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Thomas L. Magnanti, Ph.D, was dean of MIT’s engineering school for eight and half years until midnight July 22. The day before, he tossed out the ceremonial first pitch at a Red Sox game because he wanted to do it as engineering dean. Currently, he is one of 14 Institute Professors at MIT, the school's most prestigious, and has been on the faculty since 1971. He is an expert in applied and theoretical aspects of large-scale optimization. Among many accolades, he is credited with starting several new majors and programs. He is a big fan of “learning by doing.” DN Editor-in-Chief John Dodge caught up with him recently in his office, four floors above MIT’s main and fabled thoroughfare, the “Infinite Corridor.”
Q: How is higher education in U.S. engineering doing?
Magnanti: I think the instruction is quite good although there’s considerable concern, consternation and debate. [Schools] are innovating and trying to create better education and more learning by doing. Where we have a problem is we are not attracting enough students to science and technology. We’re not inspiring the students toward science and technology.
Q: Maybe we hear more from disgruntled engineers, but many say the last thing they would do is recommend an engineering career to their son or daughter. With a high bar to entry and a rocky jobs market, there is a cynicism among engineers. Do you hear that?
Magnanti: Not a lot. Our alumni are not standard alumni from across the country. We need to make sure the engineers are flexible and portable enough to move from job to job. There are so many exciting opportunities. The world is very different from a few years ago because of technology. We see a lot in the energy, biotechnology and electronics fields.
Q: You mentioned mobility. What does MIT do to educate and train engineers so they are equipped for the fourth or fifth job? We hear engineering schools do a great job training for their first job only.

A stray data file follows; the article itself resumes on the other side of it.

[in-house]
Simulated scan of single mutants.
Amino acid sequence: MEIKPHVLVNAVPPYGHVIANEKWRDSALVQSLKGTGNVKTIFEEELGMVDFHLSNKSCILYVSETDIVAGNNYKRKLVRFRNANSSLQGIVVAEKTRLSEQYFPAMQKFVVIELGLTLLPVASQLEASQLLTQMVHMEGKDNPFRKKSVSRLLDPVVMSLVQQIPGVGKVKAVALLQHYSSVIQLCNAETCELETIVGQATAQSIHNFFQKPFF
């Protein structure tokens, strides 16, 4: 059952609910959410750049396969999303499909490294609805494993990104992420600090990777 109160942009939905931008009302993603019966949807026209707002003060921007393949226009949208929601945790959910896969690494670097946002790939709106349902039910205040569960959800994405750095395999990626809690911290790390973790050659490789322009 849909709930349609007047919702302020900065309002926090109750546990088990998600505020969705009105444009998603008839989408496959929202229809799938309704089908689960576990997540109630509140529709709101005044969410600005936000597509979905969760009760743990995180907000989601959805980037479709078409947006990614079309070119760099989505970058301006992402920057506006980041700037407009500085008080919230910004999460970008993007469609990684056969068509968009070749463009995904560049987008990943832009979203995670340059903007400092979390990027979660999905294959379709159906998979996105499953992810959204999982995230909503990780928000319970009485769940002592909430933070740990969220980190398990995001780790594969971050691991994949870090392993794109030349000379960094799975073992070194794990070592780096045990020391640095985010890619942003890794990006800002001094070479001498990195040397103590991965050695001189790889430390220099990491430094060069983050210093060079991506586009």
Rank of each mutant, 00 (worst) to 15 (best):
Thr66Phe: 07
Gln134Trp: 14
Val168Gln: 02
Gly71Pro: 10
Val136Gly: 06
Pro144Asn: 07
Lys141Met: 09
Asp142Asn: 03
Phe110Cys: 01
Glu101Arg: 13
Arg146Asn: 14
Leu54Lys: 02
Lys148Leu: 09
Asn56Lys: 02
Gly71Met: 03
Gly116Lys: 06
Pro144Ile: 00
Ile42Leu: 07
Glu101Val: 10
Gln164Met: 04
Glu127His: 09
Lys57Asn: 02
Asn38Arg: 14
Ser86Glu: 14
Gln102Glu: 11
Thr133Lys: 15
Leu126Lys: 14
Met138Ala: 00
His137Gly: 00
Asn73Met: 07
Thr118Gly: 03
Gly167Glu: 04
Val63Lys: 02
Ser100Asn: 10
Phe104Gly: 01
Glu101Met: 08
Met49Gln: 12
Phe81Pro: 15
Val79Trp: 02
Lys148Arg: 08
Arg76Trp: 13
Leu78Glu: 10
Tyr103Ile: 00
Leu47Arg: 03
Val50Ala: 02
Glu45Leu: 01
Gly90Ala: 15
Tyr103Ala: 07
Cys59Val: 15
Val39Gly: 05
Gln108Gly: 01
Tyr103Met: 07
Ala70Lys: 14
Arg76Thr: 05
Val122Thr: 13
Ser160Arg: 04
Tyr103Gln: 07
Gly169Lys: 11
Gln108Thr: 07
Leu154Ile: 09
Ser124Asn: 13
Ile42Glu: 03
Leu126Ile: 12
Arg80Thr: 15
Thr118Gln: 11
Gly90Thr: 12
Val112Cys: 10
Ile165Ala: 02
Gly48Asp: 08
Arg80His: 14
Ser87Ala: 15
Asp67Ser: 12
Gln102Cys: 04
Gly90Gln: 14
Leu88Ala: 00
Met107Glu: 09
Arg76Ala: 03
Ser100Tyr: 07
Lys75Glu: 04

Magnanti: MIT is a bit different. We are sometimes criticized for not training students well for their first job. We educate them for a lifetime of jobs. We tend to teach the fundamentals and give them a good foundation. We teach problem solving that in some ways is pretty generic. We tend not to teach more day-to-day skills. A lot of places teach day-to-day skills for an entry-level job. Because of that, our folks tend to be pretty mobile. It’s a problem-solving and engineering approach to the world they bring rather than a specific set of knowledge that is not portable. That said, we have made significant changes to curriculum. We have always been very strong in engineering and science, but could do a better job in terms of practice. So we put in place a new program about five years ago for sophomores, which is called UPOP (Undergraduate Practice Opportunities Program). It’s an industrial-type intensive course that tries to give our students some sense of what engineering practice is all about. You’ve got to create products and processes. You’ve got to market and finance those products and negotiate contracts. One of the interesting things is that the [instructors for this course] are people from the industry who are intensively sitting with the students for a week around the clock. Some senior engineers come back and love to spend a week with our students. We are trying to provide more rounding to our education and give students a better sense as they engage in terms of practice.
Q: Is there a crisis in engineering education today?
Magnanti: There’s a national crisis in conveying the fact that engineering is inspiring and exciting to attract people [into it]. We also have large drop-out rates. Last I recall, 50 percent of all engineering students leave that program before they complete it. It’s really hard stuff. We have not made it exciting enough.
Q: What do you think the answer is?
Maganti: [The answer is] putting what we are teaching in context and providing programs like UPOP and more hands-on learning – project-based courses, internships and learning by doing. Over time, that will remedy the crisis. The National Academies issued a report, The Gathering Storm and found the right incentives, courses, curriculum and government policies [will] improve the system.
Q: Did you revamp MIT’s curriculum when you were dean of the engineering?
Magnanti: UPOP was a big thing we did. We started 11 new majors in undergraduate and graduate [studies]. The thought was to provide more opportunities for students. One was an undergraduate program called biological engineering, which was MIT’s first new undergraduate program in a couple of decades. It was started two years ago. At the graduate level, we introduced a new program called computation for design and optimization. We put in place a new major called engineering systems that doesn't just look at products and components, but looks more broadly on how they impact large technical systems [such as] transportation, energy and manufacturing. How do you get your arms around it? How do you design it? How do you manage and operate it? How do you bring engineering thinking to design and innovation? There were a number of innovations where we think we responded to societal needs.